Then there was peace on Earth and goodwill toward men. Except if men forgot their roster slot. Then there was hell to pay. Later a wind charger was installed so they didn’t have to change batteries every day.
kommunisme – communism
fillums – motion pictures
box – doos
dominees oorsee – they sent preachers overseas to patriotically watch porn
vey fought – they thought
goverrinmint – guvmint (Pik Botha discovered the ‘R’ in guvmint, his only achievement as Minister of Foreign Affairs. He was better at local affairs, taking gewillige meisies to farms for frolics around the braai)
gewillige meisies – willing lasses
Bethelehem se mense – Bethlehem’s people
frustrasie – frustration, impotence, FOMO
dorp – village
daar’s hy – there it is, Suzelle, voila
manne – the boys
“Hoe lyk die picture nou? Over” – What’s the picture look like? Over
“Nee man dis net sneeu – Over” – No man, its just snow – Over
“En nou? Over” – And now? Over
Ens ens... – etc etc
groot vreugde – great joy
Wat de hel gaan aan? – What gives? Whatsa happening?
O bliksem – Oh shit
se Moses – like . . . “that was nothing!”
I wanted to know more about how they did this, so asked
|The South African Radio League
The National Association for Amateur Radio in South Africa
Proudly serving Amateur Radio since 1925
and got a reply from Jaap:
Yes this is no secret, in fact we at the SABC/ Sentech, encouraged the use of TV repeaters for the smaller communities, and at one stage there were more privately owned “self- help” TV stations than those we ran for the SABC.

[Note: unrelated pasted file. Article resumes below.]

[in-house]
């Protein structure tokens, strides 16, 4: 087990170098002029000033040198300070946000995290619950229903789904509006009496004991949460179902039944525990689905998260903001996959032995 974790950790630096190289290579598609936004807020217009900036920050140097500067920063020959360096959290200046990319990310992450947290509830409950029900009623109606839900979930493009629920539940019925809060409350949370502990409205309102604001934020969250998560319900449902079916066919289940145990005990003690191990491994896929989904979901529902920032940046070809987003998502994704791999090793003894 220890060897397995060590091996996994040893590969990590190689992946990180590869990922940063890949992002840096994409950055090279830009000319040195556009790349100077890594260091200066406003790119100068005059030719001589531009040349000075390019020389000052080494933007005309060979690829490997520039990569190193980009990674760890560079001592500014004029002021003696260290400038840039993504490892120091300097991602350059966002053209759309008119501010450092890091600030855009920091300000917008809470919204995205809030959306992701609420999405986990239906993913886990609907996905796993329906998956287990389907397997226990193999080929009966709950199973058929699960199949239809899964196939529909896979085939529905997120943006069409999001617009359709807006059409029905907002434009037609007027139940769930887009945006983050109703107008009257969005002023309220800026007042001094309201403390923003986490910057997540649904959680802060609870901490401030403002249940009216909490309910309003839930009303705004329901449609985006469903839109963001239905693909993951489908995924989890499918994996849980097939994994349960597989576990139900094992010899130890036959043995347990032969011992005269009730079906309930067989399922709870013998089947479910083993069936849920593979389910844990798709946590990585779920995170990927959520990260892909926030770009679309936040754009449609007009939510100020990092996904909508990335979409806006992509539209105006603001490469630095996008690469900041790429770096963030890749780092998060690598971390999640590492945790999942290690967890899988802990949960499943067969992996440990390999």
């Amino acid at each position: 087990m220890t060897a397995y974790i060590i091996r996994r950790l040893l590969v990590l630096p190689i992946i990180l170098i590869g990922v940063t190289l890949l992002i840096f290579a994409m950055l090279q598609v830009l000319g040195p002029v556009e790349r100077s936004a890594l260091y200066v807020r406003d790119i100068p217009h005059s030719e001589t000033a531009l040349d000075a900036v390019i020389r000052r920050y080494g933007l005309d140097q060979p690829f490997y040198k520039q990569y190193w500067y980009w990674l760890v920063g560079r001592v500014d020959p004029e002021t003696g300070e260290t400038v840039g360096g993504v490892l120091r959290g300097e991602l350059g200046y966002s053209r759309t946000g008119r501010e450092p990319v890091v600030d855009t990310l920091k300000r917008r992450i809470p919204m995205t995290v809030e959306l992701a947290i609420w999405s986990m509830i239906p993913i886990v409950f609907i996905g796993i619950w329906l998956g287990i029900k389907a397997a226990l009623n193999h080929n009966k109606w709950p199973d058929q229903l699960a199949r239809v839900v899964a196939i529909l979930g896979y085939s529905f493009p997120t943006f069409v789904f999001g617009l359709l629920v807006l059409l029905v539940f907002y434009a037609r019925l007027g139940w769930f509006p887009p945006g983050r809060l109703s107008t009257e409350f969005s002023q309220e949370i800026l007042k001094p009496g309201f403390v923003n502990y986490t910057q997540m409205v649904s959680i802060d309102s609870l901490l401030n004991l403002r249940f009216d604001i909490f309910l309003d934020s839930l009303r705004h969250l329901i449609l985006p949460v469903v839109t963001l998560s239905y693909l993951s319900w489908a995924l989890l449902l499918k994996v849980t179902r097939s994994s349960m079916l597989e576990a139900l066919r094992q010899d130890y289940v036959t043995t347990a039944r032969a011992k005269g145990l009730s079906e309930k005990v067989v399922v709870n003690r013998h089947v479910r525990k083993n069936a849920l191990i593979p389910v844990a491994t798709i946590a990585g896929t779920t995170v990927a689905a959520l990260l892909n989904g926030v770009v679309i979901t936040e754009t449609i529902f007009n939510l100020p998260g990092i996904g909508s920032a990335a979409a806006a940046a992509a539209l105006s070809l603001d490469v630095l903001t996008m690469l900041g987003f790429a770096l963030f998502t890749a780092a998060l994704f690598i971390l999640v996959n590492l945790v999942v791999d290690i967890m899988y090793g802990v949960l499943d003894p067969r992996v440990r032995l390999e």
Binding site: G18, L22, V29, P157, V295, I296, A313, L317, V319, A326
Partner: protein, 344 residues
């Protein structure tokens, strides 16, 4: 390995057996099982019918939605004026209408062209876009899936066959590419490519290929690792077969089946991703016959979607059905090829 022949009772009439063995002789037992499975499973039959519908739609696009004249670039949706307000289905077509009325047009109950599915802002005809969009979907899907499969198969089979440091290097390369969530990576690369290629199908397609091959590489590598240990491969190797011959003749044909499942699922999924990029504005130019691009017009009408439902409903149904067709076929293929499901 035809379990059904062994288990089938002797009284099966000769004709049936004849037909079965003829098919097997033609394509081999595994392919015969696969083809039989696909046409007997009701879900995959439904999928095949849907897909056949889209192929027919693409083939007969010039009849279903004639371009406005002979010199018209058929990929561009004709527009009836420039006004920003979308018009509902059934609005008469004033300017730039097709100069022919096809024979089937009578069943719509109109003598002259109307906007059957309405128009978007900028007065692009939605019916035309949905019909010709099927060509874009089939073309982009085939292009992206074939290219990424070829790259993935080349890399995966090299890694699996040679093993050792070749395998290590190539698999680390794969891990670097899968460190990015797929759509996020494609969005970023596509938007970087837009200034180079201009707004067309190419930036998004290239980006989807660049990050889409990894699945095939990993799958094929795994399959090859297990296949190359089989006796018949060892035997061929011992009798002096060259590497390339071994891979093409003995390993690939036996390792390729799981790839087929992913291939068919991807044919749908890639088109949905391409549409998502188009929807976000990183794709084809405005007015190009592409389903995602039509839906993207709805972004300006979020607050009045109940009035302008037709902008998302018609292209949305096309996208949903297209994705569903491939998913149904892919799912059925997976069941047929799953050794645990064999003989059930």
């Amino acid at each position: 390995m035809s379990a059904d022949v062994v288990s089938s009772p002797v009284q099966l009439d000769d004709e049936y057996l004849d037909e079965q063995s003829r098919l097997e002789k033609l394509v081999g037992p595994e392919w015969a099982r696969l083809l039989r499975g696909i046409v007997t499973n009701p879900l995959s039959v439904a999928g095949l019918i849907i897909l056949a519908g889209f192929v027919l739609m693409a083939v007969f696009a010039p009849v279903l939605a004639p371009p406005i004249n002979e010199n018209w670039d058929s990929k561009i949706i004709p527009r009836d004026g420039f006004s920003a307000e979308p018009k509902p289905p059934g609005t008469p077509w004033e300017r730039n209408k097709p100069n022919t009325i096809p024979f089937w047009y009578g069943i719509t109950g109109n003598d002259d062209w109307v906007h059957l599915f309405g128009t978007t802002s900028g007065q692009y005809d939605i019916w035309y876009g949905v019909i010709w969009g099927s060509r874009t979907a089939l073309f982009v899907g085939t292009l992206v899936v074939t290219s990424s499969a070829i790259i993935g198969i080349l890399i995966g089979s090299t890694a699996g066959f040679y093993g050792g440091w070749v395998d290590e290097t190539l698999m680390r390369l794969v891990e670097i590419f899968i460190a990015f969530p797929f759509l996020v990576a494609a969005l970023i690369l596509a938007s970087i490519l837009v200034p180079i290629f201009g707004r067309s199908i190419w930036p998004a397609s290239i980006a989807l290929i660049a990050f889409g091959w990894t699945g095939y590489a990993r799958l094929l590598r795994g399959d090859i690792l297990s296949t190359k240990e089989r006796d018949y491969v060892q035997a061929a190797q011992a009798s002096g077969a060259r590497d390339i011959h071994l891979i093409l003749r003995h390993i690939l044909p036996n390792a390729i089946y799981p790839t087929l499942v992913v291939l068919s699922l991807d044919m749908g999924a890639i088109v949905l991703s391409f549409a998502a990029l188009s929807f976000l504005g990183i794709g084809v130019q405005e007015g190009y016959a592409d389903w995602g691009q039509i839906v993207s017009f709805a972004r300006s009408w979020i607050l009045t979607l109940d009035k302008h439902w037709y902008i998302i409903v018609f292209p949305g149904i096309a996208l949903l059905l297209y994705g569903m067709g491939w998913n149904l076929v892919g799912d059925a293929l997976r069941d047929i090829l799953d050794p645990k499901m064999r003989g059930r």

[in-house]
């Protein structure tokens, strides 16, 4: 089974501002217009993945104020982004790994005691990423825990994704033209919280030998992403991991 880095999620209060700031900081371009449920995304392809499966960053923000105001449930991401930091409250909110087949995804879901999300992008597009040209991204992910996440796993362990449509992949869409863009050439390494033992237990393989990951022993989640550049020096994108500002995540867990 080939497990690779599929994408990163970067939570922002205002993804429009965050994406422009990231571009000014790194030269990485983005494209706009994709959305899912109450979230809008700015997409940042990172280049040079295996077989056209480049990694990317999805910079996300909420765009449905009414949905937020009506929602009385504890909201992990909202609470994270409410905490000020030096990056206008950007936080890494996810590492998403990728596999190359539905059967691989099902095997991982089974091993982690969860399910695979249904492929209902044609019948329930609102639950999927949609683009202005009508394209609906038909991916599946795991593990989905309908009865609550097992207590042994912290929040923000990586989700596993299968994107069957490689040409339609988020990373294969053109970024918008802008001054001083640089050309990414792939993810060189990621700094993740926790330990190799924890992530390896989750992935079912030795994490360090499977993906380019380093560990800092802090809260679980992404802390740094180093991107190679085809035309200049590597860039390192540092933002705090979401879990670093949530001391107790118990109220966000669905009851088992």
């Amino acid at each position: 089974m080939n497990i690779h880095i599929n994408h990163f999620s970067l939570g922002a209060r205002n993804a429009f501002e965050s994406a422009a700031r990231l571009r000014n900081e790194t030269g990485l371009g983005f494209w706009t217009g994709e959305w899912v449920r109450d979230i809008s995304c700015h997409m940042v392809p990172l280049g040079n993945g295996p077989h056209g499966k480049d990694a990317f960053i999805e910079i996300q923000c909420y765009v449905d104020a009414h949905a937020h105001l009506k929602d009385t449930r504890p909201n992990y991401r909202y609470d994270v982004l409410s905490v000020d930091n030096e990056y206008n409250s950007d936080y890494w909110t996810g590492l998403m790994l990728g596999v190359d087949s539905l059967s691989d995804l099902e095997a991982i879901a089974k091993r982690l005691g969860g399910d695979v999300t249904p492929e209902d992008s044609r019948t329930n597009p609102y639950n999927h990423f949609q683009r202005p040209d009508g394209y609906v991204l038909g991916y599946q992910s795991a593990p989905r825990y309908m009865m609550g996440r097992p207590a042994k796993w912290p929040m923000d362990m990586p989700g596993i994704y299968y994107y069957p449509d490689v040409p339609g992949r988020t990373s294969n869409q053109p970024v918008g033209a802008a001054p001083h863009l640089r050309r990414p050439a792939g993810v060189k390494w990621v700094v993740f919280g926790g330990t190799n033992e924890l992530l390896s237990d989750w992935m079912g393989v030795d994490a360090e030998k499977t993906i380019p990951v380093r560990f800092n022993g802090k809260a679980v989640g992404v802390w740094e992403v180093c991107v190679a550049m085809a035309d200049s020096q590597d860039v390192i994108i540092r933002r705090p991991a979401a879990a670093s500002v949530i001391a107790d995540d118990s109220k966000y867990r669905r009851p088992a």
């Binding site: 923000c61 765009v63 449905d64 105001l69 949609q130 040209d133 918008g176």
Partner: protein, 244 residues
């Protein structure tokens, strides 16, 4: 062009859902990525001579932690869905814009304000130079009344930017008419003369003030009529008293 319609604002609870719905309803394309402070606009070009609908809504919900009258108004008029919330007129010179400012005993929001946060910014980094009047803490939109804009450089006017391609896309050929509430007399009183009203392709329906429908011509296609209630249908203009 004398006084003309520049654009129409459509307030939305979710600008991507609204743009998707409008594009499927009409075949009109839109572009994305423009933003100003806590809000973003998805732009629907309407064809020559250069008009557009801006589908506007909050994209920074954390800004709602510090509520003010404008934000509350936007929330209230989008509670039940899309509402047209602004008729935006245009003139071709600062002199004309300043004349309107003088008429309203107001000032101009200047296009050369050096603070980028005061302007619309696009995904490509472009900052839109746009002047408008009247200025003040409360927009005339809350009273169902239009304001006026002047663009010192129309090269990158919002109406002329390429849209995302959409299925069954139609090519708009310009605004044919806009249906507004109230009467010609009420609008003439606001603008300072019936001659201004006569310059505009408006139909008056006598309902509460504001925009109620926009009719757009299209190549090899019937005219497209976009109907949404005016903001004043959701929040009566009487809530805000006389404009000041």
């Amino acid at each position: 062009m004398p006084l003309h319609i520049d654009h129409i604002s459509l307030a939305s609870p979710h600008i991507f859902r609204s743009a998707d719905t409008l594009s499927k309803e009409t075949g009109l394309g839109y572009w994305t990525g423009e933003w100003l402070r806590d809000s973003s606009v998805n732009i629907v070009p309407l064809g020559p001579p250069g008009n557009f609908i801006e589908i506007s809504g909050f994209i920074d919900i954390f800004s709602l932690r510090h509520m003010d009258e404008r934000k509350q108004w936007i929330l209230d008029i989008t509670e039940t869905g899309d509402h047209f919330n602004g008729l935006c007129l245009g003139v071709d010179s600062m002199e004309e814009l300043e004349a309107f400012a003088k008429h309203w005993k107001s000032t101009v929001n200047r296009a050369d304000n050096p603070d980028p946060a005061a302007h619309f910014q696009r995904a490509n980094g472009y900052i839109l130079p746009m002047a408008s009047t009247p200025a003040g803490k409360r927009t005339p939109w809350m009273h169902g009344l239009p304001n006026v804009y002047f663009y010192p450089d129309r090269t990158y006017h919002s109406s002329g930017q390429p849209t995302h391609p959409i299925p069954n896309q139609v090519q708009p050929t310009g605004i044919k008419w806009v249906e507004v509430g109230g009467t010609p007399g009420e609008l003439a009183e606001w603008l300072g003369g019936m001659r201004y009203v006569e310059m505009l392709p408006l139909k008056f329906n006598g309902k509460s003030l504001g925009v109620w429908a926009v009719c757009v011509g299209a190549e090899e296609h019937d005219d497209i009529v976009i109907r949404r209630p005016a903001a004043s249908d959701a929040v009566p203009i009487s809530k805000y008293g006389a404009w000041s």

The right way to do this was to purchase a transposer, a combined TV receiver and transmitter that will receive a TV signal on one channel, then re-broadcast the signal on another channel. This could be UHF-UHF or VHF-VHF or VHF-UHF. Then you need a receive antenna and transmit antenna. Install on a high structure, such as a grain silo or mountain top. This transposers was in the order of 1-10 Watts output. This then would receive the distant TV signal from the TX station through a front-end amplifier on one channel before feeding into the transposer, and transmitting it on another channel.
The cheap and dirty, crude way was to get hold of a VCR with AV out, a TV tuner with a AV output, or even a modified TV set. The AV output would then be taken to a TV modulator, which you can buy off the shelf, and then tune it to a suitable channel, and then put the RF into a amplifier that could be home-built or even a commercial distribution (set-back amplifier ) connect it to the antenna and away you go. Equipment could be bought from your local TV spares/ equipment dealer, Ellies Electronics, Space TV, or even your local co-op store. Drawback was that only one channel, normally TV3 (SABC3) could be re-broadcasted like this, any other additional channels would have to have identical set-ups.
According to the law, such self-help stations had to be licensed by the SABC, but many of them did not bother to do so. Obviously the home-brewed equipment was very prone to causing interference as the amplifiers they used was not channelized, with no filtering whatsoever.
In all instances the equipment had to be placed so that the clearest possible signal could be received and the maintenance of such repeaters was obviously the responsibility of that community.